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Saudi Oil Exports to China Set for Third Monthly Decline

According to the report, shipments of Saudi oil to Chinese buyers in July will come in at some 36 million barrels, down from 39 million barrels in June, which was in turn a decline on the 45 million barrels Saudi exported to China in May. The lower purchases will be driven by refinery maintenance and cheaper alternatives to Saudi crude.

The news about lower expected Saudi oil shipments to China comes after the Kingdom said it would cut its official selling price for Asia for July deliveries. The cut amounted to $0.50 per barrel from June prices.

The price cut suggested Saudi Arabia was focusing on market share rather than price, even after international benchmarks slid following the latest OPEC+ meeting. With maintenance season in China, however, the market share gain will have to wait.

Saudi Arabia used to be China’s biggest supplier of oil but last year Russia replaced it at the number-one spot. In 2023, Russia shipped 107.02 million metric tons of crude to China, which was a 24% increase on 2022. Saudi Arabia, on the other hand, exported 85.96 million tons to Chinese buyers last year, which was a 2% decline on 2022.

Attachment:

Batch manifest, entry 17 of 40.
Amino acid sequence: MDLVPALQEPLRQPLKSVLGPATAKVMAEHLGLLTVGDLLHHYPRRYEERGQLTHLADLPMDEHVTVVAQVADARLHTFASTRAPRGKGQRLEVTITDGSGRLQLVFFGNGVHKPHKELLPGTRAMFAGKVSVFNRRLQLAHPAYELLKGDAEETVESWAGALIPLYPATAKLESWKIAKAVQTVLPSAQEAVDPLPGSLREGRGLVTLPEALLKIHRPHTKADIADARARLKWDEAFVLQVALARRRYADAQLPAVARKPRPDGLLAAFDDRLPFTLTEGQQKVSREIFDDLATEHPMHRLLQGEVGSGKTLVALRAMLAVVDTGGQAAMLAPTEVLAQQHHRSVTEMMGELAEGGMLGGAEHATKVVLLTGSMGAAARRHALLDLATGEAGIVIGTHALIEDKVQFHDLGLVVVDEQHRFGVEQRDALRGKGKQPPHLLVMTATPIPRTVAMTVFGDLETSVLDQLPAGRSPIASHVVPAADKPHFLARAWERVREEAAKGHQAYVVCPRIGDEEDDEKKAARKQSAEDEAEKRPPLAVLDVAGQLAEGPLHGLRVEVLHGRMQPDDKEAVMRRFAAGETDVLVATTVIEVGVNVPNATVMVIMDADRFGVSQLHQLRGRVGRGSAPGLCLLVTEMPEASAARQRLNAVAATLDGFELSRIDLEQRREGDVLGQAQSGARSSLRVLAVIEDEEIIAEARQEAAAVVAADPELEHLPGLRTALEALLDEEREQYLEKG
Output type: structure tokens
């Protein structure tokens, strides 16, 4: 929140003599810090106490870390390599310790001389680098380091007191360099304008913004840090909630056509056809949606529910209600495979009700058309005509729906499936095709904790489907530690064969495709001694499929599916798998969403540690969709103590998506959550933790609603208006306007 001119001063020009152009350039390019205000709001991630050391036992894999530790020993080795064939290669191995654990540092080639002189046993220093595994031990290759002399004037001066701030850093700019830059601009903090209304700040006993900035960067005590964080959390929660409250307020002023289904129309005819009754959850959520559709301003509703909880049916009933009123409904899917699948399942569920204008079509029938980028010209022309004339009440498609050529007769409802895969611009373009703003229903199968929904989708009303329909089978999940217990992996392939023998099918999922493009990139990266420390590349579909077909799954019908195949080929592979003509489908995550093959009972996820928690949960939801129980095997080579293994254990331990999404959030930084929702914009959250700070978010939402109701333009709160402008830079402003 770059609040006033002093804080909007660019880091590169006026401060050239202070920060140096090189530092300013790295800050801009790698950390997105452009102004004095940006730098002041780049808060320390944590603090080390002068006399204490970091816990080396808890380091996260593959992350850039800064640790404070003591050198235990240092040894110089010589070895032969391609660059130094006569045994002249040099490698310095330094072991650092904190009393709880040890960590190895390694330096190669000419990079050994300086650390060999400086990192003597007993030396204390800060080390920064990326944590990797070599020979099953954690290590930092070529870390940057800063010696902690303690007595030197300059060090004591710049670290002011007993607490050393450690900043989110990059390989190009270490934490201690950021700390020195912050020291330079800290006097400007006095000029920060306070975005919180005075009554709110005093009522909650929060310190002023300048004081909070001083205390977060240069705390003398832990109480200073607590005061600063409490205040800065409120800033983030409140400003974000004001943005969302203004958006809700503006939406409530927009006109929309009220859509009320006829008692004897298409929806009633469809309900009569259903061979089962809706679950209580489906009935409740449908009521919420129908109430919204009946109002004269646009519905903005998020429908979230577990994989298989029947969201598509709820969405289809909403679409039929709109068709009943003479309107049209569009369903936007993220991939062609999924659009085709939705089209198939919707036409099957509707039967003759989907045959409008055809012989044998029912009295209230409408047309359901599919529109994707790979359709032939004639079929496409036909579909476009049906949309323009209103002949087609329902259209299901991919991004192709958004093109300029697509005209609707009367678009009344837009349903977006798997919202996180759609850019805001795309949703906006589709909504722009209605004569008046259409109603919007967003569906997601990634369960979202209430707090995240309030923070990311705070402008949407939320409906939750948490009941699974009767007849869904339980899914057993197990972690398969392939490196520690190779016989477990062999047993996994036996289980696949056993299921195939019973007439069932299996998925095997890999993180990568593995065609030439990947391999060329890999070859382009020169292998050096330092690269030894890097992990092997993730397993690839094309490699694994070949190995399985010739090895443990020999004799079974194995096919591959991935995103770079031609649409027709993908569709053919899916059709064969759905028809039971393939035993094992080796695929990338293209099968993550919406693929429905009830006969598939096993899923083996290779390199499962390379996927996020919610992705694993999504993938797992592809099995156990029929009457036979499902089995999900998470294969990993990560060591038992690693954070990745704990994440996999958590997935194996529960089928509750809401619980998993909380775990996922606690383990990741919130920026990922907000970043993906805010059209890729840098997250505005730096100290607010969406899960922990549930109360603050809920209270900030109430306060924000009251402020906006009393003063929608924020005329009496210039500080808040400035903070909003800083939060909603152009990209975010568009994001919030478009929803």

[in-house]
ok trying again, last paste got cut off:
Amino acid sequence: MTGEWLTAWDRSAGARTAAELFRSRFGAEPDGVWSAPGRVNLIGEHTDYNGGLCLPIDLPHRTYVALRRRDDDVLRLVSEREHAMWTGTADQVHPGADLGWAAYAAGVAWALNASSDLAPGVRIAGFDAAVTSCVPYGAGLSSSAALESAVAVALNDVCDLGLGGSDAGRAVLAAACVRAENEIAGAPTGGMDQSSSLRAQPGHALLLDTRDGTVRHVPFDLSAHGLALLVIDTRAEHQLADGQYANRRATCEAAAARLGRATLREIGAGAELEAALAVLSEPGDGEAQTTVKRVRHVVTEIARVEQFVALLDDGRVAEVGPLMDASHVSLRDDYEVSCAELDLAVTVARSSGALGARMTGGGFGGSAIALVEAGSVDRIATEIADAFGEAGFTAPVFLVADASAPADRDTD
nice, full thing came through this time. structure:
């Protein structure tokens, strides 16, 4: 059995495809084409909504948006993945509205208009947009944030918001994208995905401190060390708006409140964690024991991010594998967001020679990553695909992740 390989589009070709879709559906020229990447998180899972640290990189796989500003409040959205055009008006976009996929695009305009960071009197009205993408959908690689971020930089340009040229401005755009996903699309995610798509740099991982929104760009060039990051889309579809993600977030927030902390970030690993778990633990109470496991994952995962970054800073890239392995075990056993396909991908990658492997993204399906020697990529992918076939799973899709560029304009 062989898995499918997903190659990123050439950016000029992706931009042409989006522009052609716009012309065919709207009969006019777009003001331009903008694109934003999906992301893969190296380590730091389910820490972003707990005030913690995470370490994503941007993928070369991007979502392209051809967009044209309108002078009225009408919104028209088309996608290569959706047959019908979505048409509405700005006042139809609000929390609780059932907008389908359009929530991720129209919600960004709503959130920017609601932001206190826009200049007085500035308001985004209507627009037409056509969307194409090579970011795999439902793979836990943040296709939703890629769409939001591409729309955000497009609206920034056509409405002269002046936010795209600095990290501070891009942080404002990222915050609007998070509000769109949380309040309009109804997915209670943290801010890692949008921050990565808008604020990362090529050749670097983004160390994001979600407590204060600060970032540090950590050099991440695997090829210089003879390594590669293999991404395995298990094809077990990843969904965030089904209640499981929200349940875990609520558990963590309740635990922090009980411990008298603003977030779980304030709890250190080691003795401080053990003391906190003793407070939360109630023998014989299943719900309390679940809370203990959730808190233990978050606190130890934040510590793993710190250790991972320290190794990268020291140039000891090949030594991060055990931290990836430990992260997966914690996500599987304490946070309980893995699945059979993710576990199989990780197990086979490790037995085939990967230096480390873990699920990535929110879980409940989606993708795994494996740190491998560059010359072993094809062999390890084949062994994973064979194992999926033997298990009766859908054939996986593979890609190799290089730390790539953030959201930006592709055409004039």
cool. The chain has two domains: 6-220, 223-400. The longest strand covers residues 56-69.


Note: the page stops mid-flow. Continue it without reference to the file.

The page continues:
Overall Saudi exports, however, rose earlier this year. In March, these hit a nine-month high of 6.41 million barrels daily, according to data from the Joint Organizations Data Initiative reported in late May.

Saudi Arabia remains the largest oil supplier to Asia as a whole even if it dropped from the top spot in China. Even so, Asian buyers are diversifying away from Middle Eastern oil in favor of crude from the United States and Brazil amid shrinking margins and Saudi Arabia’s price hikes earlier this year.

By Irina Slav for Oilprice.com

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